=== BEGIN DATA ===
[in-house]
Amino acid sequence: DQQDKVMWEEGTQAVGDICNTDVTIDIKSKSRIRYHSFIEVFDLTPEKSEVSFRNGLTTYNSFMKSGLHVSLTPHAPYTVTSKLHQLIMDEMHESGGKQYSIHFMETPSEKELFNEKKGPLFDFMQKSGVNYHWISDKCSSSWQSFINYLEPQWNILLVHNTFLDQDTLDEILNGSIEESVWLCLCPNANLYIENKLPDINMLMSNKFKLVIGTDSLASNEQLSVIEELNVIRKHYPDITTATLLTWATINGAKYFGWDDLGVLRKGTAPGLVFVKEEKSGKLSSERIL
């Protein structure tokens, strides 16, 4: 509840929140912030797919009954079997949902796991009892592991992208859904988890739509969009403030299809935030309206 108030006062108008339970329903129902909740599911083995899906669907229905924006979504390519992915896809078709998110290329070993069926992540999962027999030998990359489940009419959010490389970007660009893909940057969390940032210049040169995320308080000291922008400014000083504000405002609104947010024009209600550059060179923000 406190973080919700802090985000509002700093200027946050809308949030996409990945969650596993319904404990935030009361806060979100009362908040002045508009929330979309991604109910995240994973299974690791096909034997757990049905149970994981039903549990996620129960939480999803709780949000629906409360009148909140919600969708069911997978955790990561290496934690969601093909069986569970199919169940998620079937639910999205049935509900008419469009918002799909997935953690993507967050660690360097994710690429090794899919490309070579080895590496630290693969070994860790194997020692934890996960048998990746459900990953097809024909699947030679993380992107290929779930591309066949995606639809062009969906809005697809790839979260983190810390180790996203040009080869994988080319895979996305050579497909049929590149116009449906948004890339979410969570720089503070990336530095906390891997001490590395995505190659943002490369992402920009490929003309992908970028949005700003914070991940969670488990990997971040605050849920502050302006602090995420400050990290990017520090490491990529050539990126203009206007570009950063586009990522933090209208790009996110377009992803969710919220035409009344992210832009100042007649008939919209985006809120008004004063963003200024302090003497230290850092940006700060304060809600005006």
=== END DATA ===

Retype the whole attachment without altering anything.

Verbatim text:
[in-house]
Amino acid sequence: DQQDKVMWEEGTQAVGDICNTDVTIDIKSKSRIRYHSFIEVFDLTPEKSEVSFRNGLTTYNSFMKSGLHVSLTPHAPYTVTSKLHQLIMDEMHESGGKQYSIHFMETPSEKELFNEKKGPLFDFMQKSGVNYHWISDKCSSSWQSFINYLEPQWNILLVHNTFLDQDTLDEILNGSIEESVWLCLCPNANLYIENKLPDINMLMSNKFKLVIGTDSLASNEQLSVIEELNVIRKHYPDITTATLLTWATINGAKYFGWDDLGVLRKGTAPGLVFVKEEKSGKLSSERIL
């Protein structure tokens, strides 16, 4: 509840929140912030797919009954079997949902796991009892592991992208859904988890739509969009403030299809935030309206 108030006062108008339970329903129902909740599911083995899906669907229905924006979504390519992915896809078709998110290329070993069926992540999962027999030998990359489940009419959010490389970007660009893909940057969390940032210049040169995320308080000291922008400014000083504000405002609104947010024009209600550059060179923000 406190973080919700802090985000509002700093200027946050809308949030996409990945969650596993319904404990935030009361806060979100009362908040002045508009929330979309991604109910995240994973299974690791096909034997757990049905149970994981039903549990996620129960939480999803709780949000629906409360009148909140919600969708069911997978955790990561290496934690969601093909069986569970199919169940998620079937639910999205049935509900008419469009918002799909997935953690993507967050660690360097994710690429090794899919490309070579080895590496630290693969070994860790194997020692934890996960048998990746459900990953097809024909699947030679993380992107290929779930591309066949995606639809062009969906809005697809790839979260983190810390180790996203040009080869994988080319895979996305050579497909049929590149116009449906948004890339979410969570720089503070990336530095906390891997001490590395995505190659943002490369992402920009490929003309992908970028949005700003914070991940969670488990990997971040605050849920502050302006602090995420400050990290990017520090490491990529050539990126203009206007570009950063586009990522933090209208790009996110377009992803969710919220035409009344992210832009100042007649008939919209985006809120008004004063963003200024302090003497230290850092940006700060304060809600005006």